The Procession and the Beginning of the Liturgy of the Word

Synaxis or Midday Office

When the altar and the Eucharistic gifts have been prepared, the curtain opens and the deacons lead the priest in a procession around the altar and down into the nave.  The priest offers incense to the main and side altars, the baptismal font, the sacred icons, and all the people.  As the priest makes his way around the church, the faithful come up to him, kiss the hand cross, and say, "Heeshescheer yev zees arachee anmah kareenun Asdoodzo [Remember me, too, before the immortal Lamb of God]. " This is an acknowledgment that during the Divine Liturgy we encounter "the Lamb of God," Jesus Christ himself.  The people ask that the priest pray for them in the presence of Jesus.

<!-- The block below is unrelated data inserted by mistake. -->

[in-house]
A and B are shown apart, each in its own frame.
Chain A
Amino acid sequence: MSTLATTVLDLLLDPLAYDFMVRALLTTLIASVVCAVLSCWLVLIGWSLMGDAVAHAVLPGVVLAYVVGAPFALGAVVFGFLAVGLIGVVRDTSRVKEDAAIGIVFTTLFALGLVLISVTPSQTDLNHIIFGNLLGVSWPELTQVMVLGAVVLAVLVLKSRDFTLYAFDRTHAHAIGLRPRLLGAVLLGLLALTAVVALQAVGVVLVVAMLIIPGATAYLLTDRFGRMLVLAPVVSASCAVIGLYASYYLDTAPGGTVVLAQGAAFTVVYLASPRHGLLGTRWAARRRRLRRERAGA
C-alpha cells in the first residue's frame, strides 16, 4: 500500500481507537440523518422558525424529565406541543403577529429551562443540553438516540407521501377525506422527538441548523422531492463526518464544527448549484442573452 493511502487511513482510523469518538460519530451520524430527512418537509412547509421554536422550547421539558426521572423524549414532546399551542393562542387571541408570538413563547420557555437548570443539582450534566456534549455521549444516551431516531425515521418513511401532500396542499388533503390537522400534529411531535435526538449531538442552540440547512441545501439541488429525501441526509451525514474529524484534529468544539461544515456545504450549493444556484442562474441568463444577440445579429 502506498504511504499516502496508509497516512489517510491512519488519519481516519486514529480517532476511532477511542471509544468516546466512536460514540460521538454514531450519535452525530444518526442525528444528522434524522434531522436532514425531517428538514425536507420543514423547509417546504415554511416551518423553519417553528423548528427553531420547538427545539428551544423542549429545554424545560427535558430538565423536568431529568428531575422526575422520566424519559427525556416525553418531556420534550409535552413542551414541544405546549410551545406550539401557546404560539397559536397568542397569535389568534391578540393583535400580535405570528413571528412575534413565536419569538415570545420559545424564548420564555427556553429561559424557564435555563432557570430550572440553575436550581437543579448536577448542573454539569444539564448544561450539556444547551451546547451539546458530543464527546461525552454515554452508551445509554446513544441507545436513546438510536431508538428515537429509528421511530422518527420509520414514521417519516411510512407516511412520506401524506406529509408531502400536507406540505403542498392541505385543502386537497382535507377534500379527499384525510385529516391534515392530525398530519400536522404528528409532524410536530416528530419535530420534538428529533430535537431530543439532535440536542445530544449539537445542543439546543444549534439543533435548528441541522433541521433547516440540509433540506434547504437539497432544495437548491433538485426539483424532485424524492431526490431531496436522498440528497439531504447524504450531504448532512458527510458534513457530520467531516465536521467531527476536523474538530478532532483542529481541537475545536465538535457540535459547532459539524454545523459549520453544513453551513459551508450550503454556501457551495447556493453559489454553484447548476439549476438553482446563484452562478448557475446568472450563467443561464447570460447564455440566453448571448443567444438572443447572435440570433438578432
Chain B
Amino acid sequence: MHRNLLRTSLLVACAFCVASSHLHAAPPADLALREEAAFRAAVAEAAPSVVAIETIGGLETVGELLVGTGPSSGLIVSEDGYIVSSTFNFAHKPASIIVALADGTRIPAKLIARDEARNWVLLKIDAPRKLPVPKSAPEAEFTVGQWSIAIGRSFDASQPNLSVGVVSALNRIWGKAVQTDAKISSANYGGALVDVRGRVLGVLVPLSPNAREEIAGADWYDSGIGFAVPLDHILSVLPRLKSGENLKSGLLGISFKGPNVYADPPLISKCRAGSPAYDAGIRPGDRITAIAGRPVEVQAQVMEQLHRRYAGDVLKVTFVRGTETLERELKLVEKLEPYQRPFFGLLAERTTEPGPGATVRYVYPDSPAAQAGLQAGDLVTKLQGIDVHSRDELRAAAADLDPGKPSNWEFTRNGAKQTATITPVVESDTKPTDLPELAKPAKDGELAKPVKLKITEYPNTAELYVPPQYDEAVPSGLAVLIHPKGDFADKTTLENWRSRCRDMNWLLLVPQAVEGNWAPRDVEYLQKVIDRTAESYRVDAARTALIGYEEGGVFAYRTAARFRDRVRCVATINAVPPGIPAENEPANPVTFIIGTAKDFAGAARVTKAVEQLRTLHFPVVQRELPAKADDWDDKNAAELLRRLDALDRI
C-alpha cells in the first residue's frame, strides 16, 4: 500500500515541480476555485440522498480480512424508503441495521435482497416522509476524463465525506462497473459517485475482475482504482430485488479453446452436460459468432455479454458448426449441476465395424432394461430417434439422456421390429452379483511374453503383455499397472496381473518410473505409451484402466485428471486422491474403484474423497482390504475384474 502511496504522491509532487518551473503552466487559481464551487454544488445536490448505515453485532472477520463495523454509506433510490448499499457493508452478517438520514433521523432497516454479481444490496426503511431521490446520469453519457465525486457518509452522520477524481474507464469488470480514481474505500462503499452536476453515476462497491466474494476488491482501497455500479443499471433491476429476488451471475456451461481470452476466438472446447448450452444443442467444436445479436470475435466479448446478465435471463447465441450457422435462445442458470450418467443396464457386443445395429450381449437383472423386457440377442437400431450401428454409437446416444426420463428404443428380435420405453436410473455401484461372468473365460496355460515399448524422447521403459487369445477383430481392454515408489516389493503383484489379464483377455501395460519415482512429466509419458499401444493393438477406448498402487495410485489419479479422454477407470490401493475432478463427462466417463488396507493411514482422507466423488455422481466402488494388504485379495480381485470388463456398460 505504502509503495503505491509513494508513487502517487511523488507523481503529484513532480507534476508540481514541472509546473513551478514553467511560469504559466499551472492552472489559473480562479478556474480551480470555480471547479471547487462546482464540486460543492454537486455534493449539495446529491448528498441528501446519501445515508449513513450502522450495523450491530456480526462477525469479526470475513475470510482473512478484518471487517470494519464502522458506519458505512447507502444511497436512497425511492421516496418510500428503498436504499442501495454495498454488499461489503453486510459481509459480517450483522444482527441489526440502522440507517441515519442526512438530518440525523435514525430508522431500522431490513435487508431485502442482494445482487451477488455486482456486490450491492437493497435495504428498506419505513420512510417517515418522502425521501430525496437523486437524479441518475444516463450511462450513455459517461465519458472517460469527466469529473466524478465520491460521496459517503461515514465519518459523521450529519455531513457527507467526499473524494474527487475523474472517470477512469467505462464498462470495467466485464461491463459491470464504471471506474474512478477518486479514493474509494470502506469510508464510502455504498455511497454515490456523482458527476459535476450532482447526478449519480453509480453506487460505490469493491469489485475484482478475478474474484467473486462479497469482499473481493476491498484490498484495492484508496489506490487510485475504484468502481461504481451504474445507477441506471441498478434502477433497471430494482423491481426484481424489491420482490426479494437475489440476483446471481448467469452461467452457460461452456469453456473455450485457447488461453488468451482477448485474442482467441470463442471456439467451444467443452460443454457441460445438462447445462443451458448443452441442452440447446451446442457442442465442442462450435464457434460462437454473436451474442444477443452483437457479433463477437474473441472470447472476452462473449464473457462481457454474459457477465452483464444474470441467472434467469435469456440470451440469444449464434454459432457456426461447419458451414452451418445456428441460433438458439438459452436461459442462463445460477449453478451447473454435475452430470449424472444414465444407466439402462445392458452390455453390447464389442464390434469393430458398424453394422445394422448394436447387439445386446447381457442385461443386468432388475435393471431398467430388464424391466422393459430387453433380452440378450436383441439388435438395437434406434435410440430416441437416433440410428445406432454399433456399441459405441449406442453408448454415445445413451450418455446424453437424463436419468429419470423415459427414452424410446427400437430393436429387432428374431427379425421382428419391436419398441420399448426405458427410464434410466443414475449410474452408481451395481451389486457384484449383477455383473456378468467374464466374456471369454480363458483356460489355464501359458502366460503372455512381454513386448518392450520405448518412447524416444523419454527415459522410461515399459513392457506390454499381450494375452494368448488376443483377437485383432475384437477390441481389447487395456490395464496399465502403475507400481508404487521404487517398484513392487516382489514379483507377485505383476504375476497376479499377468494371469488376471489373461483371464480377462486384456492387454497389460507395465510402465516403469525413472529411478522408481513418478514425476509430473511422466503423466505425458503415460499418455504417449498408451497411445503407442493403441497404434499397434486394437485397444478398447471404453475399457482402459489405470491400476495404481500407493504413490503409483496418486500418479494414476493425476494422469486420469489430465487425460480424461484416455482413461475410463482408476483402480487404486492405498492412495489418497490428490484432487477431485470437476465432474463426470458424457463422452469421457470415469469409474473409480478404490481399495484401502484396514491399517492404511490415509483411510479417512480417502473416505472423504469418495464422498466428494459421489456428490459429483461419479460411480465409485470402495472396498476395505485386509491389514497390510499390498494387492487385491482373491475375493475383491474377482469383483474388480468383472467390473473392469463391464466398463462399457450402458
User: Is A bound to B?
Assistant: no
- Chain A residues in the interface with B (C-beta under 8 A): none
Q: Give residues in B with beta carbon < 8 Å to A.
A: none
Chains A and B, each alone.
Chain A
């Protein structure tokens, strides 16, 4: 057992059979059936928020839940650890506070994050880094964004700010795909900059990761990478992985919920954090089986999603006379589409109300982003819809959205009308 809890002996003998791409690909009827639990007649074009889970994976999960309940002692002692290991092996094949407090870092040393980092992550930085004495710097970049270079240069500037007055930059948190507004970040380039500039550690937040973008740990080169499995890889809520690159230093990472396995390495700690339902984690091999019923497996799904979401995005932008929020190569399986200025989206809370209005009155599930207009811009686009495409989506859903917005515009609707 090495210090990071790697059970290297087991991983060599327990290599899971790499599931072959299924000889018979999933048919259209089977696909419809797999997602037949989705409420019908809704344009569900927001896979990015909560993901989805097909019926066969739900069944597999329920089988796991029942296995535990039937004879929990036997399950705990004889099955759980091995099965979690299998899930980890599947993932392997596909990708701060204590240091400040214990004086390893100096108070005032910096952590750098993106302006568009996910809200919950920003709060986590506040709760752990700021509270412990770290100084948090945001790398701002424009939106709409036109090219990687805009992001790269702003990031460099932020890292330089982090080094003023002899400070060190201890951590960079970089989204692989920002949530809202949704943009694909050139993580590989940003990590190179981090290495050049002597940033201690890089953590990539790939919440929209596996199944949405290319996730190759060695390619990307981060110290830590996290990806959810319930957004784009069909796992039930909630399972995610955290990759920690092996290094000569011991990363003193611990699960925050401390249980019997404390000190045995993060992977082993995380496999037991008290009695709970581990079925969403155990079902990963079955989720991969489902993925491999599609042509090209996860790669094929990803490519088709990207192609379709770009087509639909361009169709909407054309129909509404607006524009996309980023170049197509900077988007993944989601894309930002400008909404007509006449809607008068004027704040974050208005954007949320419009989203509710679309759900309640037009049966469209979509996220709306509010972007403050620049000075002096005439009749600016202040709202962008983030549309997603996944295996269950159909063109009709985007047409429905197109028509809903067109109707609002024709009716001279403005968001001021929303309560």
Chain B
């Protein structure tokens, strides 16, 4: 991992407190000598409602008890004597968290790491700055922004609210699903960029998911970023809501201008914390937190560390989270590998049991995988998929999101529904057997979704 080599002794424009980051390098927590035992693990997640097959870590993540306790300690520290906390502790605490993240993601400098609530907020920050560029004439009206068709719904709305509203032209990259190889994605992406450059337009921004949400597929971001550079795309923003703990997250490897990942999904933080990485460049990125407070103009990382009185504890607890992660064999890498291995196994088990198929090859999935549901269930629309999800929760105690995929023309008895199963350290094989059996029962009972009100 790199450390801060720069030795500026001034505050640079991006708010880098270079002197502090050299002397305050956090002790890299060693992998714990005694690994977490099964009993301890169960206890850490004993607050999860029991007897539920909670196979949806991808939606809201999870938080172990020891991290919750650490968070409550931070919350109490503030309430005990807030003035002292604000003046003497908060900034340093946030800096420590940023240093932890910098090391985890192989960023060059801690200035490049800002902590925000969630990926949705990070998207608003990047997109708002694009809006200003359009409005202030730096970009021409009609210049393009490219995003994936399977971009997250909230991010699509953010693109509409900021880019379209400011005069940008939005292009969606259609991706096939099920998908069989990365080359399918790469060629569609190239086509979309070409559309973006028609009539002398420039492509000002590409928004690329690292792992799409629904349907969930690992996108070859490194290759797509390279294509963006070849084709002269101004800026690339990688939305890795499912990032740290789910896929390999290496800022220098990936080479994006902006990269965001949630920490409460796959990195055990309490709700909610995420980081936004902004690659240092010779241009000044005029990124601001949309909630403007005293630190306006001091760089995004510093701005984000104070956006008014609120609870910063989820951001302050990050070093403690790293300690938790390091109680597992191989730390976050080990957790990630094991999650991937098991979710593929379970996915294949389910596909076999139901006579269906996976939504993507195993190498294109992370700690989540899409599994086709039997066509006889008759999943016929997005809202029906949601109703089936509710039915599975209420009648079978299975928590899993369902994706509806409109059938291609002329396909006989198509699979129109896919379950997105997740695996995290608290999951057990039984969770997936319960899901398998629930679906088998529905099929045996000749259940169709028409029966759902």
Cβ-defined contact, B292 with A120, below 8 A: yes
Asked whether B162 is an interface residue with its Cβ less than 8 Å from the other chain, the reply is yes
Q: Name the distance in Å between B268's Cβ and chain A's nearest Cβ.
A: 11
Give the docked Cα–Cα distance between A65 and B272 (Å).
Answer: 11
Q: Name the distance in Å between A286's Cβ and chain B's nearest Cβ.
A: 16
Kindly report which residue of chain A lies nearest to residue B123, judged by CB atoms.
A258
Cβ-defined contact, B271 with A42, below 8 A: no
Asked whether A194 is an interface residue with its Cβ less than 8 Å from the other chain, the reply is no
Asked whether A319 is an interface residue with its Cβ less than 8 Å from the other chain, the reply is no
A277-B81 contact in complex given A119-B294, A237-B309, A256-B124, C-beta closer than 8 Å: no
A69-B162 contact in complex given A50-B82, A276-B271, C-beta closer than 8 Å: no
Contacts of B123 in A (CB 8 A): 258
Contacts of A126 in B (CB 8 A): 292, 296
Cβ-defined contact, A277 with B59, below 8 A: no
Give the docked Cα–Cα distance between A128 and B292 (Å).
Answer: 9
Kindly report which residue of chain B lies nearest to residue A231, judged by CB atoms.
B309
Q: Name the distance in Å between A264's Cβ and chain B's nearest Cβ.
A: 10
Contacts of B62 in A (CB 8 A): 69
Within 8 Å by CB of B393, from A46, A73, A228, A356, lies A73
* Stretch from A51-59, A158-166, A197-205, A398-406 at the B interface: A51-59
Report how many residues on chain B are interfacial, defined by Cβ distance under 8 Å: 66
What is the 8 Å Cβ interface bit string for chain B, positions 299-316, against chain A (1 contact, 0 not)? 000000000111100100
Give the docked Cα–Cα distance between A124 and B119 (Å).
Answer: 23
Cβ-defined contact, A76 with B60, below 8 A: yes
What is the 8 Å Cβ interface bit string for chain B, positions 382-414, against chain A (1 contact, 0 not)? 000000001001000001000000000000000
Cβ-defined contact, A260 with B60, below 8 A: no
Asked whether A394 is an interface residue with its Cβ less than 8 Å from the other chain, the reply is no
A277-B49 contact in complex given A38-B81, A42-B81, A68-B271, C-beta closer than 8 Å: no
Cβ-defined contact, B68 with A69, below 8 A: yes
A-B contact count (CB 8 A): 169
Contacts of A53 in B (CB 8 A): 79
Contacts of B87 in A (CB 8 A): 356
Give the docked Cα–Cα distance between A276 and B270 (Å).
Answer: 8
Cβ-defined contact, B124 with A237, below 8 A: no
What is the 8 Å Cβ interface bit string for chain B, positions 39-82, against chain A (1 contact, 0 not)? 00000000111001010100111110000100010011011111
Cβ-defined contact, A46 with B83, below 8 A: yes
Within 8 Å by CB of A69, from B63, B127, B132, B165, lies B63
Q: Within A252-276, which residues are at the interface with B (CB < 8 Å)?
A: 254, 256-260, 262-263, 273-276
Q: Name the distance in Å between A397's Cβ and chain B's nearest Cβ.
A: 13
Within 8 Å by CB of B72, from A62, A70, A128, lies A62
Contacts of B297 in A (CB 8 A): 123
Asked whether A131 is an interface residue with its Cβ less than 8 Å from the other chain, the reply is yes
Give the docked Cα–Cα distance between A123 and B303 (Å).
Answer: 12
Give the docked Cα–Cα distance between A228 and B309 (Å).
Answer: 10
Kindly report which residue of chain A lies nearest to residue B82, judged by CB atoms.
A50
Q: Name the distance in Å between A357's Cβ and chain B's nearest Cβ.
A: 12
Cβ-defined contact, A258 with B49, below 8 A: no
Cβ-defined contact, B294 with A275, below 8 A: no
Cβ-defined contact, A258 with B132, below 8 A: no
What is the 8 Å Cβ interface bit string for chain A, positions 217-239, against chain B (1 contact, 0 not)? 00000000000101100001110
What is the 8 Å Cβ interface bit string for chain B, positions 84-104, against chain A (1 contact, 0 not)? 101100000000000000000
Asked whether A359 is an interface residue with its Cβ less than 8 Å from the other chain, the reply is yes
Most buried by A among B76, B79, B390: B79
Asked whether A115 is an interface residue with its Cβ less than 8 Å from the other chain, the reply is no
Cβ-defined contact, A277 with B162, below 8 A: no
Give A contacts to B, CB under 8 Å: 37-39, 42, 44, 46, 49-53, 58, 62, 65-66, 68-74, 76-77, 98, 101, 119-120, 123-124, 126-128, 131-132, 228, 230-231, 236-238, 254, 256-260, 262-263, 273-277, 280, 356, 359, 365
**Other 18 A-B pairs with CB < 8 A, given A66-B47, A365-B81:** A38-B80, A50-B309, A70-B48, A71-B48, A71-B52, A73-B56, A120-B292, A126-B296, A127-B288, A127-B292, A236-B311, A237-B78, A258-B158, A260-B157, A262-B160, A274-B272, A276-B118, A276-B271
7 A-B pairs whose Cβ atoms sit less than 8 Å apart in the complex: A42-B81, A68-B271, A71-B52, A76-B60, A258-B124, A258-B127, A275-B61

The procession marks the beginning of the Liturgy of the Word.  Everything until this point has been a preparation for the Liturgy of the Word and the Eucharist, the two components of the Badarak.  The Liturgy of the Word concerns the Word of God, Jesus Christ.  He comes to his people in the public reading of the Bible, and especially when the deacon solemnly chants a passage from one of the four gospels (Matthew, Mark, Luke, and John).  Every prayer, psalm, hymn, and ritual during this part of the Divine Liturgy is related to Jesus Christ as the Word, the supreme expression of God.  This idea is inspired by the Gospel according to John: "In the beginning was the Word and the Word was with God and the Word was God" [John 1:1].